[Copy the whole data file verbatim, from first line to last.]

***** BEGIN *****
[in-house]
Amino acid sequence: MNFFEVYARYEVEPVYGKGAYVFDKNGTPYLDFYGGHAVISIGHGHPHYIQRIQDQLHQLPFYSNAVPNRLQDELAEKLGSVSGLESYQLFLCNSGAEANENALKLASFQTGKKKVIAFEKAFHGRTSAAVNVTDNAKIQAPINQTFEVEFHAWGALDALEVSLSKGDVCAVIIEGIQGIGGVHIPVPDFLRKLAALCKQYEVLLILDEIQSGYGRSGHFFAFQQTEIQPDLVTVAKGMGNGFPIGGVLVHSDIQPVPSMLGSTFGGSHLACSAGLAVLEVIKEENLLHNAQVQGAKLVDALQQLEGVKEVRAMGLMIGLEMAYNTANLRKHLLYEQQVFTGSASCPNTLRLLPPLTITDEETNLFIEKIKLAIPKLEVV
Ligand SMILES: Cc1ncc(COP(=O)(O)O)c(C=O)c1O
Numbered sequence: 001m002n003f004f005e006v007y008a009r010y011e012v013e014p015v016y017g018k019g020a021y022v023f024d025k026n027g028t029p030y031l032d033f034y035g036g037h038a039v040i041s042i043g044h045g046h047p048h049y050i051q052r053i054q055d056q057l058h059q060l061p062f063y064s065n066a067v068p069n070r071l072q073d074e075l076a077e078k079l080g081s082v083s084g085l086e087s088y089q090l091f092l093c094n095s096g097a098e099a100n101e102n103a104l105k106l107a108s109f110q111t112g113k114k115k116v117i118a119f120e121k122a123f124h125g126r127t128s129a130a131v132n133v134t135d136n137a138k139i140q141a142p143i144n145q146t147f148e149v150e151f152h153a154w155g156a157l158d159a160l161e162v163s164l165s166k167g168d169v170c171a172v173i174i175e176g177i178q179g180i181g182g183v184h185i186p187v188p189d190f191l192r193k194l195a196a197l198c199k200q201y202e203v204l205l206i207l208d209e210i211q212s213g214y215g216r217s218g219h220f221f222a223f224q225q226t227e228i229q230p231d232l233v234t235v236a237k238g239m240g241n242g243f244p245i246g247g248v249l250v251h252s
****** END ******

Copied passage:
[in-house]
Amino acid sequence: MNFFEVYARYEVEPVYGKGAYVFDKNGTPYLDFYGGHAVISIGHGHPHYIQRIQDQLHQLPFYSNAVPNRLQDELAEKLGSVSGLESYQLFLCNSGAEANENALKLASFQTGKKKVIAFEKAFHGRTSAAVNVTDNAKIQAPINQTFEVEFHAWGALDALEVSLSKGDVCAVIIEGIQGIGGVHIPVPDFLRKLAALCKQYEVLLILDEIQSGYGRSGHFFAFQQTEIQPDLVTVAKGMGNGFPIGGVLVHSDIQPVPSMLGSTFGGSHLACSAGLAVLEVIKEENLLHNAQVQGAKLVDALQQLEGVKEVRAMGLMIGLEMAYNTANLRKHLLYEQQVFTGSASCPNTLRLLPPLTITDEETNLFIEKIKLAIPKLEVV
Ligand SMILES: Cc1ncc(COP(=O)(O)O)c(C=O)c1O
Numbered sequence: 001m002n003f004f005e006v007y008a009r010y011e012v013e014p015v016y017g018k019g020a021y022v023f024d025k026n027g028t029p030y031l032d033f034y035g036g037h038a039v040i041s042i043g044h045g046h047p048h049y050i051q052r053i054q055d056q057l058h059q060l061p062f063y064s065n066a067v068p069n070r071l072q073d074e075l076a077e078k079l080g081s082v083s084g085l086e087s088y089q090l091f092l093c094n095s096g097a098e099a100n101e102n103a104l105k106l107a108s109f110q111t112g113k114k115k116v117i118a119f120e121k122a123f124h125g126r127t128s129a130a131v132n133v134t135d136n137a138k139i140q141a142p143i144n145q146t147f148e149v150e151f152h153a154w155g156a157l158d159a160l161e162v163s164l165s166k167g168d169v170c171a172v173i174i175e176g177i178q179g180i181g182g183v184h185i186p187v188p189d190f191l192r193k194l195a196a197l198c199k200q201y202e203v204l205l206i207l208d209e210i211q212s213g214y215g216r217s218g219h220f221f222a223f224q225q226t227e228i229q230p231d232l233v234t235v236a237k238g239m240g241n242g243f244p245i246g247g248v249l250v251h252s